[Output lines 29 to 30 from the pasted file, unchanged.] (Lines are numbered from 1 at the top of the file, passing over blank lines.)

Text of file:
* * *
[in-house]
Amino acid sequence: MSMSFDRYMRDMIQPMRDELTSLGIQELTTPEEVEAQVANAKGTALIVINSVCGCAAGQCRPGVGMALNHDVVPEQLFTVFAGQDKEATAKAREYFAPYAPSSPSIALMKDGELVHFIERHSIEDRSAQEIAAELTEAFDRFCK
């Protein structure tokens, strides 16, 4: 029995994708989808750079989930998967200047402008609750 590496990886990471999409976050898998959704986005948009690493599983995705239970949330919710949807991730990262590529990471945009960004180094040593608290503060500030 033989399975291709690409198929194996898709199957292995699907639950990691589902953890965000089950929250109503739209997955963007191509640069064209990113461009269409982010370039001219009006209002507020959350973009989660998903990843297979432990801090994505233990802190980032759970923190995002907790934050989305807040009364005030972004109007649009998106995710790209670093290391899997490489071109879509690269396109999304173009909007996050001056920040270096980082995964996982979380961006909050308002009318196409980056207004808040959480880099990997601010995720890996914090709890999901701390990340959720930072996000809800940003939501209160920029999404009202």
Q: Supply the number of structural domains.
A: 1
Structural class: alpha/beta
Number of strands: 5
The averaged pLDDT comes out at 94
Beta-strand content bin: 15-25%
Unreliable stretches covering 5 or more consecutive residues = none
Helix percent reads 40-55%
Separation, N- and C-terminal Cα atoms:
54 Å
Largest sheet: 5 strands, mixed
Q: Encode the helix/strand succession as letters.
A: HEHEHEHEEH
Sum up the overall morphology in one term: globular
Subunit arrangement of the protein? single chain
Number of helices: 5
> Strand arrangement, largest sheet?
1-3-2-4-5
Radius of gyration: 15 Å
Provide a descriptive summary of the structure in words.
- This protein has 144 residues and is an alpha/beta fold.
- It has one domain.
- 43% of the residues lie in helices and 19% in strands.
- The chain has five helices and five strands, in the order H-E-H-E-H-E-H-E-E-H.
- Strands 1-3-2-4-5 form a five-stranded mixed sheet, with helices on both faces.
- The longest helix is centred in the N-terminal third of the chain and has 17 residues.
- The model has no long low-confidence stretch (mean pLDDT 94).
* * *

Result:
- The longest helix is centred in the N-terminal third of the chain and has 17 residues.
- The model has no long low-confidence stretch (mean pLDDT 94).